Students on the Cumming Elementary School Green Team have learned about eating meals cooked with fresh vegetables directly from the garden.
On Monday, they got to taste the difference.
Using fresh ingredients from the school’s 32-bed garden, Chef Tom Costello prepared a gourmet meal of mashed turnips and chicken stir fry for the students.
It wasn’t the usual after-school snack, but rather part of a special program called Chefs Move to Schools, where culinary professionals work with schools to share their expertise.
“It shows the kids how to eat healthy,” said Costello, a chef at Horseshoe Bend Country Club in Roswell. “It’s not like when we were kids when were just eating [fast food] ... this is good for the kids.”
Costello, whose daughter, Sarah, is a Green Team member, said it’s important to teach kids at a young age that there are healthy alternatives to junk food.
Some were skeptical when Costello offered the mashed turnips, a less starchy alternative to potatoes. After a few bites, however, many students lined up for a second helping.
With the exception of the chicken, all the ingredients in Costello’s stir fry had been grown by the students and parent volunteers, including the Costellos.
Cindy Costello, who served as her husband’s sous chef Monday, said having the students get involved with gardening “gives them a sense of accomplishment.”
“They have more of a tendency to eat the food if they’re growing it themselves than if they just pull it out of a bag from the store,” she said.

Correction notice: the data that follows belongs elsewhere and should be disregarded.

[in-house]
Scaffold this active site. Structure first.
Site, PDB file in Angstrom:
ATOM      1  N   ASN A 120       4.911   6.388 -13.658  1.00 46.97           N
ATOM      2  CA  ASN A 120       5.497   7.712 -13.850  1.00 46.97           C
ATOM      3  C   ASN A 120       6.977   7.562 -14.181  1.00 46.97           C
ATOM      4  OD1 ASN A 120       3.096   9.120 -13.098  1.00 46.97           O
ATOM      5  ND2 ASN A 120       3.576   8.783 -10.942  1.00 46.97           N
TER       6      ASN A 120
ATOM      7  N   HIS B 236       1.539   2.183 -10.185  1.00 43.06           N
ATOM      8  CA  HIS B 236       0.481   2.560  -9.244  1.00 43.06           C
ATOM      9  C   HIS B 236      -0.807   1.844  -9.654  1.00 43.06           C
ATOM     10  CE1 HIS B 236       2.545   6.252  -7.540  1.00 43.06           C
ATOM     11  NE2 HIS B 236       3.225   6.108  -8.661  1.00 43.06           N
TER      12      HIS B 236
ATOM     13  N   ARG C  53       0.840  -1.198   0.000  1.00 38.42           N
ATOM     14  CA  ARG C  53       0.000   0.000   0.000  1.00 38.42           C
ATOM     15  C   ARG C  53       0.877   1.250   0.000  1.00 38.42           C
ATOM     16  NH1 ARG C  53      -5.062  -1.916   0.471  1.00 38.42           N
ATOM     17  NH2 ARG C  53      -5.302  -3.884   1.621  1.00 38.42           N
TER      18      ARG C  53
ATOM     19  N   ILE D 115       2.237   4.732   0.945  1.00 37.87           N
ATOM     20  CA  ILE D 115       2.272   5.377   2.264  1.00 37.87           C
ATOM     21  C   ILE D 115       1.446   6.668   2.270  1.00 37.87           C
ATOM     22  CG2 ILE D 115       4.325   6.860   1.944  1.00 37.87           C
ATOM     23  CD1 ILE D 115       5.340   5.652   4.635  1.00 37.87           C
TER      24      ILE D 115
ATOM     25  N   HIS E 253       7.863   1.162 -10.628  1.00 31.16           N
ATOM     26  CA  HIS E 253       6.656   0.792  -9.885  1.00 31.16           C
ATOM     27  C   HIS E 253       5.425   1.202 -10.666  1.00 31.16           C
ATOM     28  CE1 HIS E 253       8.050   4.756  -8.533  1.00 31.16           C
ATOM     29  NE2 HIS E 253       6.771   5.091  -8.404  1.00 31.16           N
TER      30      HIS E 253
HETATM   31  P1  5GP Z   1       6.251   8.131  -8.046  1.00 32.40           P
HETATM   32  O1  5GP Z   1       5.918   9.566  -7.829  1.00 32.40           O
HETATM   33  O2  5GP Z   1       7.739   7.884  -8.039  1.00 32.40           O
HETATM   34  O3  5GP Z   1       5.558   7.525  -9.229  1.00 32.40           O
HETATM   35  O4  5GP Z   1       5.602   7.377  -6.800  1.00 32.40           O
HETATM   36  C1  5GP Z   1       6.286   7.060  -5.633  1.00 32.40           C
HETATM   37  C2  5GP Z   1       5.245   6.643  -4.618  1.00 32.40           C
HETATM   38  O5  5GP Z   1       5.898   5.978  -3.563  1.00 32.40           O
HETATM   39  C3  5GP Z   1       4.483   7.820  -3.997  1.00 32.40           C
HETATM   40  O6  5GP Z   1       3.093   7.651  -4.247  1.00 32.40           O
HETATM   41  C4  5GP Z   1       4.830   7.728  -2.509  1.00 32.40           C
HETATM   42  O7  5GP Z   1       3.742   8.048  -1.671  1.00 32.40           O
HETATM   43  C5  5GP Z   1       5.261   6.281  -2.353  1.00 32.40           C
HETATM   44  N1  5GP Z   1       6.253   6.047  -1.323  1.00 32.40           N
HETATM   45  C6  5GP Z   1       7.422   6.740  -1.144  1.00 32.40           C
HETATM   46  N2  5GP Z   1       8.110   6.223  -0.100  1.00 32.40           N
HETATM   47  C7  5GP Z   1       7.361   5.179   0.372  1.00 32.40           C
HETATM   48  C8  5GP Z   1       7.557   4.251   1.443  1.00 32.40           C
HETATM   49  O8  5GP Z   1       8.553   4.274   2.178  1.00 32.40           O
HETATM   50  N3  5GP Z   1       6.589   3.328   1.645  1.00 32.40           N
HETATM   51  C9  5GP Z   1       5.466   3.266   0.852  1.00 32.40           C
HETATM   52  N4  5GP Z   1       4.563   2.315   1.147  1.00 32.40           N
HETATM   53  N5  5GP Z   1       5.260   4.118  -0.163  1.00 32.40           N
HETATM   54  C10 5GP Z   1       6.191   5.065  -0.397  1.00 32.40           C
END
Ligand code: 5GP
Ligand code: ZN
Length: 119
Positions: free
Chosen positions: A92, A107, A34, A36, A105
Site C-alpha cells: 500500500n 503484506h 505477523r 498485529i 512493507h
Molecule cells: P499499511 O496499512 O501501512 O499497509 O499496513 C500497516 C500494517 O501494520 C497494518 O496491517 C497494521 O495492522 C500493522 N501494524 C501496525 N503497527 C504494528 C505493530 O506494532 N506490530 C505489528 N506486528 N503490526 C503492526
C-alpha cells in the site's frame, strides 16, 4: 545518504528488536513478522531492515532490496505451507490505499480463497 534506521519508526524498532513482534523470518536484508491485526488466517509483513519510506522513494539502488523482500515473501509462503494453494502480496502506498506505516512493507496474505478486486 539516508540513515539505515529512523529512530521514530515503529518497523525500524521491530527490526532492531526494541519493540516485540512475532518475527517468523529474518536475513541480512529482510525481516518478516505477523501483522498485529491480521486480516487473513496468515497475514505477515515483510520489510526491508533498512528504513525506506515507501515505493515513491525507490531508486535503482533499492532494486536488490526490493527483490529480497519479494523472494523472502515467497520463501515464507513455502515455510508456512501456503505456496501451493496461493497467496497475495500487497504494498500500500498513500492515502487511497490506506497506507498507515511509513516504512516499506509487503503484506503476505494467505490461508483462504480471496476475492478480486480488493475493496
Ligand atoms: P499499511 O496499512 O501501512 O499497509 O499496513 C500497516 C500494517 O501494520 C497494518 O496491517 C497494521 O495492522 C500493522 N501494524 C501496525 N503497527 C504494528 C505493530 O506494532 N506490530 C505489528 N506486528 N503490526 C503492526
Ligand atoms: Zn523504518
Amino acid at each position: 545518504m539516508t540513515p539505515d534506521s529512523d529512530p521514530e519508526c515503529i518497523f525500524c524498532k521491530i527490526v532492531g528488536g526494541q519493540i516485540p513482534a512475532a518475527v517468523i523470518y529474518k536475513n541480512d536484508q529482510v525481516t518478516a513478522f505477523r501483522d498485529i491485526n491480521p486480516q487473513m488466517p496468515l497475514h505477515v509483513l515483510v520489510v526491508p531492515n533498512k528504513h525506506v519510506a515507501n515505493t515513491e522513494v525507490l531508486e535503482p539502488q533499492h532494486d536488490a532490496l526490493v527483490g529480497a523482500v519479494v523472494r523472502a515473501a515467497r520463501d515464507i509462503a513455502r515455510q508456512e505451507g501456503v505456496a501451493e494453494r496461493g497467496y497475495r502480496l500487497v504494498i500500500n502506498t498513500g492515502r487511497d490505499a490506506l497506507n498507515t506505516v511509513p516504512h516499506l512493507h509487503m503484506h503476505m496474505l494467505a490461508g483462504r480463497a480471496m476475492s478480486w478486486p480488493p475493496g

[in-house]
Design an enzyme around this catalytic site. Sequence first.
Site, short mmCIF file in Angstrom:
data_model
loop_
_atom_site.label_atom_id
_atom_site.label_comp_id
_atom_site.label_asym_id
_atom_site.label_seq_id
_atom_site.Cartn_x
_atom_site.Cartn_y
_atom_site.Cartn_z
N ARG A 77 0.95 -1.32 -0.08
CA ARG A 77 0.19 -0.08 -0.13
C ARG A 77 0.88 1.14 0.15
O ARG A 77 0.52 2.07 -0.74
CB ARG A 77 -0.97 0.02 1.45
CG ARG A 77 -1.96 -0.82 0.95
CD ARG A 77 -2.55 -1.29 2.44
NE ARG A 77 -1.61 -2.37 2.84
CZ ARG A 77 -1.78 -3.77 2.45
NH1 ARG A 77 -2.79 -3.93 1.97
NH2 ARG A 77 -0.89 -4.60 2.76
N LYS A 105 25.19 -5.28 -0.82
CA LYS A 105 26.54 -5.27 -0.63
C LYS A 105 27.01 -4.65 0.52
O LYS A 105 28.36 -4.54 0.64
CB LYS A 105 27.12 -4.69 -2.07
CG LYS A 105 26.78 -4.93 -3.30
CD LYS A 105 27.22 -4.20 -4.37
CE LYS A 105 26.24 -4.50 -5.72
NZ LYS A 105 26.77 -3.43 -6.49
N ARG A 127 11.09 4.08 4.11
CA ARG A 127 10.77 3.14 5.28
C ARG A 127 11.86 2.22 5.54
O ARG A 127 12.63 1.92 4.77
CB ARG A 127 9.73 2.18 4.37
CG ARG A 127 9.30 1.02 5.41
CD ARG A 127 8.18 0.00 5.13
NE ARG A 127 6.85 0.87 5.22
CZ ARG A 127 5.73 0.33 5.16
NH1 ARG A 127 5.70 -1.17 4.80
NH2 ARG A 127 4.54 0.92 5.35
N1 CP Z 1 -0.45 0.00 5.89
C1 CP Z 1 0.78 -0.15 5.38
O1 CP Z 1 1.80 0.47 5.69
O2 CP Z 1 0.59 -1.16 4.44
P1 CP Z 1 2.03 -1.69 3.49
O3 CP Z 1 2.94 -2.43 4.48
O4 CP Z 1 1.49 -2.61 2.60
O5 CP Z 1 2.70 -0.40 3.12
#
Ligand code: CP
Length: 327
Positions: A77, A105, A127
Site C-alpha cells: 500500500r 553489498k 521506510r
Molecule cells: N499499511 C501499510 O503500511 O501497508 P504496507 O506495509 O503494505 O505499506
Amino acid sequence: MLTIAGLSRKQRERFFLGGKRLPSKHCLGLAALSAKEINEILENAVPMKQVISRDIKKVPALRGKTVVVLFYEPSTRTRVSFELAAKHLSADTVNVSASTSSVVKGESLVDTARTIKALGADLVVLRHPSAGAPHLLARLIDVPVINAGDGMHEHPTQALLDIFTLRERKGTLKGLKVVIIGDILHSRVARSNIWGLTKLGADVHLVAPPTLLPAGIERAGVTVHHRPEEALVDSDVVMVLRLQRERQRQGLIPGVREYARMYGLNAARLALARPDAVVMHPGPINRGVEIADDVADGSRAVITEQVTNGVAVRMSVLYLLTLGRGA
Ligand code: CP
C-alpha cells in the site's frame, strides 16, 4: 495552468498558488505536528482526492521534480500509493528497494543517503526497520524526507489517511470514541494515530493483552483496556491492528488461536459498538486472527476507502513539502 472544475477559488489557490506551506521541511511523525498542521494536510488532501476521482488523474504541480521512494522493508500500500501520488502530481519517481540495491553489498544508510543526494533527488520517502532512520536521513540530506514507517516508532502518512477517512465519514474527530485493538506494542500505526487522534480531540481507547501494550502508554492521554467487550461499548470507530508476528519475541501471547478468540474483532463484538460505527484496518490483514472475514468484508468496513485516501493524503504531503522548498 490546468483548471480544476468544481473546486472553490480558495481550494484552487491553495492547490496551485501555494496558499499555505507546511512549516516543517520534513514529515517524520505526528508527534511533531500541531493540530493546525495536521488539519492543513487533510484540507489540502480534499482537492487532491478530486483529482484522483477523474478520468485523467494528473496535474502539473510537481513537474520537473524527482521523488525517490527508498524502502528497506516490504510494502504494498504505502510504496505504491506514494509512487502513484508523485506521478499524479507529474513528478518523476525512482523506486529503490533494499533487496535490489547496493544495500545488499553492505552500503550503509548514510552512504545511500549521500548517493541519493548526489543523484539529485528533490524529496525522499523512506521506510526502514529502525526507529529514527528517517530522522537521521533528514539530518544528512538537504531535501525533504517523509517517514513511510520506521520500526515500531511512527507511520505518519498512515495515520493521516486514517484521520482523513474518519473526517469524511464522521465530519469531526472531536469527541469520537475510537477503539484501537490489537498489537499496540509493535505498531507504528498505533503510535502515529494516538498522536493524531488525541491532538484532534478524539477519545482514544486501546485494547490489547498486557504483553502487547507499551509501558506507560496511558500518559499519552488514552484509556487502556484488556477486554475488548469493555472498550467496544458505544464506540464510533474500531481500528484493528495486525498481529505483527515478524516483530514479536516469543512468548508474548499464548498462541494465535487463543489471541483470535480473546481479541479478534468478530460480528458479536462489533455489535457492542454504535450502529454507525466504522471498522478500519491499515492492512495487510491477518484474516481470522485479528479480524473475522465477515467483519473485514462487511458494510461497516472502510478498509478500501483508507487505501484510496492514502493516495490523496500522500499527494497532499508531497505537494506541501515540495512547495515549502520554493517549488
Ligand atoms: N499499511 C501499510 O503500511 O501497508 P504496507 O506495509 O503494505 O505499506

“When they grow it, they feel proud.”
It was Anna Doll who first signed up Cumming Elementary for the Chefs Move to Schools initiative, launched by First Lady Michelle Obama in 2010. More than 1,600 chefs nationwide have joined.
Doll, a special education teacher, also serves as the Green Team organizer. All 55 kids in the club learn how to garden, recycle and take care of the environment. They also learned Monday that healthy eating can be fun.
“When we read about the program, we thought it would be really cool,” Doll said. “We wanted the kids to see how those vegetables [they’re growing] are prepared.”
According to Doll, Costello will visit the school at least three times a year to cook with the season’s vegetables. While the school’s garden has been around for three years, this was the first time students got a gourmet sample of their work.
Principal Pam Pajerski said the initiative “allows us to teach the process of our food going from farm to table.”
“Our pre-K through fifth-grade students start our seeds in our germinating system, move them to a cold frame, plant and grow them in our garden and then harvest and prepare them in our kitchen,” she said.